While freedom of speech is protected by the constitution, those who vigorously condemn the government or past human rights abuses can face persecution. The press and most broadcast outlets are privately owned. Mexican businessman Remigio Ángel González owns a monopoly of broadcast television networks and has significant holdings in radio. Newspaper ownership is concentrated in the hands of moderate business elites, and most papers have centrist or conservative editorial views. Journalists often face threats and practice self-censorship when covering drug trafficking, corruption, and organized crime. Journalist Marvin del Cid, who frequently covers corruption cases, received multiple death threats and was robbed of computers and work documents in 2010. In September, Víctor Hugo Juárez, a journalist and the owner of two online media outlets, was tortured and killed by unidentified assailants.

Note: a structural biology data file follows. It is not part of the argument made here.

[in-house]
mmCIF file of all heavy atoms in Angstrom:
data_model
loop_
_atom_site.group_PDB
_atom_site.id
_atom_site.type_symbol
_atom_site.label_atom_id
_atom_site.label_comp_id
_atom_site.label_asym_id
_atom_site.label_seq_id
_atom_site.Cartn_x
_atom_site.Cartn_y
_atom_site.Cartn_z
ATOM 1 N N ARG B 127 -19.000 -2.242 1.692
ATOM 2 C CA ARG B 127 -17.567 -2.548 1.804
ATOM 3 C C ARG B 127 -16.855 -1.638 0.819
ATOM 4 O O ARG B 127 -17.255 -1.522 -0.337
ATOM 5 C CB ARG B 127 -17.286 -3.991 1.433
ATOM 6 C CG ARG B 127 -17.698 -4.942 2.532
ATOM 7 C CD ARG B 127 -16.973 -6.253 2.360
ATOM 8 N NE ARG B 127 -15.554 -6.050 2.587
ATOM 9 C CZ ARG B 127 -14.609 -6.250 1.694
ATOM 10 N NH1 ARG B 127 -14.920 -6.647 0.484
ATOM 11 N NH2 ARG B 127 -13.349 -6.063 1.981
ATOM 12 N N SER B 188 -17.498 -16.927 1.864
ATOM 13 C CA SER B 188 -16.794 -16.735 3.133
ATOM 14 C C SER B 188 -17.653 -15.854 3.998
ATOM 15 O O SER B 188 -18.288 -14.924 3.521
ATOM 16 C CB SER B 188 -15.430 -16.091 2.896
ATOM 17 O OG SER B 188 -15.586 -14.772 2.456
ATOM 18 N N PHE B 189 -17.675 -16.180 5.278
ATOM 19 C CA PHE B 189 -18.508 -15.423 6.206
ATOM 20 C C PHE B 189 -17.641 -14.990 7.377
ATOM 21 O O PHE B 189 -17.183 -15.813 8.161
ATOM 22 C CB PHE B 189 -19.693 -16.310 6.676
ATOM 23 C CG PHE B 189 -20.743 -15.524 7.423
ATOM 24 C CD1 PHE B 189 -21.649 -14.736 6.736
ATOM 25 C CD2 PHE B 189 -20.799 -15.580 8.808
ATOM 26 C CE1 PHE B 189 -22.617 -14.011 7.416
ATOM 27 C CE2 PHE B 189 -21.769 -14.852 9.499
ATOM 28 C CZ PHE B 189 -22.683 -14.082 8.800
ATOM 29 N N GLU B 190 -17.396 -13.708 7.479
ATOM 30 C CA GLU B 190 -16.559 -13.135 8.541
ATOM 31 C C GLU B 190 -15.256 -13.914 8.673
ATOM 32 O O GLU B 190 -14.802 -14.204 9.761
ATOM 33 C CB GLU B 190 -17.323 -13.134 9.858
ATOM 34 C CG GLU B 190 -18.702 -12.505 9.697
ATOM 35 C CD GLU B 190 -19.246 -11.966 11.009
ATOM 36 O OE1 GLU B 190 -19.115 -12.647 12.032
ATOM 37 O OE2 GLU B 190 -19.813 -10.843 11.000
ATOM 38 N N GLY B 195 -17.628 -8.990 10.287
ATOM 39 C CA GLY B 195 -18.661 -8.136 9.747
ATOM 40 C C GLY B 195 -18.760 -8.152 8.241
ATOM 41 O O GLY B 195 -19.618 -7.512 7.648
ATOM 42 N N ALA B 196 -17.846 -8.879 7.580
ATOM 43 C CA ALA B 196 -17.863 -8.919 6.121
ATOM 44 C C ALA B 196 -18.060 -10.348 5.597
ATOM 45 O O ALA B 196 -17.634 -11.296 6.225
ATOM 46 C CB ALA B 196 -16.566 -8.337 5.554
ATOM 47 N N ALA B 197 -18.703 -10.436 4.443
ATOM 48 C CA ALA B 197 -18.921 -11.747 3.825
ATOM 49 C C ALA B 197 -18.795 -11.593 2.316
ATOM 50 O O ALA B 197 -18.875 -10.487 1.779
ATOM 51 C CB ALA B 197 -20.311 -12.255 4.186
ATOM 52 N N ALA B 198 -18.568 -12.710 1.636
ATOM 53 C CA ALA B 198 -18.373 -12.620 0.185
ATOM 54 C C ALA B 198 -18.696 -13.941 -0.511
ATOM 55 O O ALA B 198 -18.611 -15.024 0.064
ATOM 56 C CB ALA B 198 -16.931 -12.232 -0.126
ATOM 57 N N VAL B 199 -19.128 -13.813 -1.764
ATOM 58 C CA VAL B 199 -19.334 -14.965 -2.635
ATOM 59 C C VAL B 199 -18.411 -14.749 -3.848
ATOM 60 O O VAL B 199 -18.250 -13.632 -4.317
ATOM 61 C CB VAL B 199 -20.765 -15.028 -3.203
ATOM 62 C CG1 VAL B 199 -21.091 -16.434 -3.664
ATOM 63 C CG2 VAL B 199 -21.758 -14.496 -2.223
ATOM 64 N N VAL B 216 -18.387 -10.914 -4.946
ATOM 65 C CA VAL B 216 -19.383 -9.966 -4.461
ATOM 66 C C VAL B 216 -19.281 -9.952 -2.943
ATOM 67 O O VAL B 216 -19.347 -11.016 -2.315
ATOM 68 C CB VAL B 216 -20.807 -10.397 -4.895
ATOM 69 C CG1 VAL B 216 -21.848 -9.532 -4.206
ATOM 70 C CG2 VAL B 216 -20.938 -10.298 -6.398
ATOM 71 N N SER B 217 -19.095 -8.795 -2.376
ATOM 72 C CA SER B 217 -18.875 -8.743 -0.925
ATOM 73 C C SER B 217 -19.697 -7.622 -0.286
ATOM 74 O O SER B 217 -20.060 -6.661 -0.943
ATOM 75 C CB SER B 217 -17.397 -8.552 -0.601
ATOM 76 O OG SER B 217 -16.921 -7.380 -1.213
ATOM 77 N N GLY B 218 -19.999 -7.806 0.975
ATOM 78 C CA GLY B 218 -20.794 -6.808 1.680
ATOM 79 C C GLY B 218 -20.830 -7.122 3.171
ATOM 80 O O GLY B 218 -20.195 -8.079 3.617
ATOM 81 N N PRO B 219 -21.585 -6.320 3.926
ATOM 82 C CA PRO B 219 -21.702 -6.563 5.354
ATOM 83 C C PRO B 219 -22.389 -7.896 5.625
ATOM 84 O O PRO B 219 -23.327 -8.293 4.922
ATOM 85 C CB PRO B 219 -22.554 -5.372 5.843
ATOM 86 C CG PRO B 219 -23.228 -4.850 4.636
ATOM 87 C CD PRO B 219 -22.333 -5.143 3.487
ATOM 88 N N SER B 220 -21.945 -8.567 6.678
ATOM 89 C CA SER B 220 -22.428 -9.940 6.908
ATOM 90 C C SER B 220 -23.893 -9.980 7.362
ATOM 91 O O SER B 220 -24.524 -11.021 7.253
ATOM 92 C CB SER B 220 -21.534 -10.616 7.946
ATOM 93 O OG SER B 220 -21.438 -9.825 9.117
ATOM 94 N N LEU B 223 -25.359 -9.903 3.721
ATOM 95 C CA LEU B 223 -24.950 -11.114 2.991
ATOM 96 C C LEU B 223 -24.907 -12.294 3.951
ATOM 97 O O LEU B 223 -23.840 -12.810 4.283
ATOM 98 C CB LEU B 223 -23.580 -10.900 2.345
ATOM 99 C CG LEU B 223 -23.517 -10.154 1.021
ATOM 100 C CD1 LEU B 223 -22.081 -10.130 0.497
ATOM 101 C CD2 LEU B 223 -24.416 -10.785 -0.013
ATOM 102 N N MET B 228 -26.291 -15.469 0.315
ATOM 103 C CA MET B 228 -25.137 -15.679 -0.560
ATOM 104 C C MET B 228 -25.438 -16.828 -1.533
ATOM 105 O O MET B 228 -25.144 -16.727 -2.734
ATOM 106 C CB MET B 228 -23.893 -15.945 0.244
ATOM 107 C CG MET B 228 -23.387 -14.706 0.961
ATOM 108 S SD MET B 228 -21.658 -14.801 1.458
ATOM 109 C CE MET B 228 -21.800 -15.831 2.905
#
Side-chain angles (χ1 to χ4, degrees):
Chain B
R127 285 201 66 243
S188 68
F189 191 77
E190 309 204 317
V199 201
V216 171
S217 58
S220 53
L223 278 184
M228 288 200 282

The constitution guarantees religious freedom. However, members of indigenous communities have faced discrimination for openly practicing the Mayan religion. The government does not interfere with academic freedom, but scholars have received death threats for raising questions about past human rights abuses or continuing injustices.
Freedom of assembly is guaranteed and generally respected in practice, though police have at times used force to end disruptive demonstrations, resulting in the injury and death of some protesters.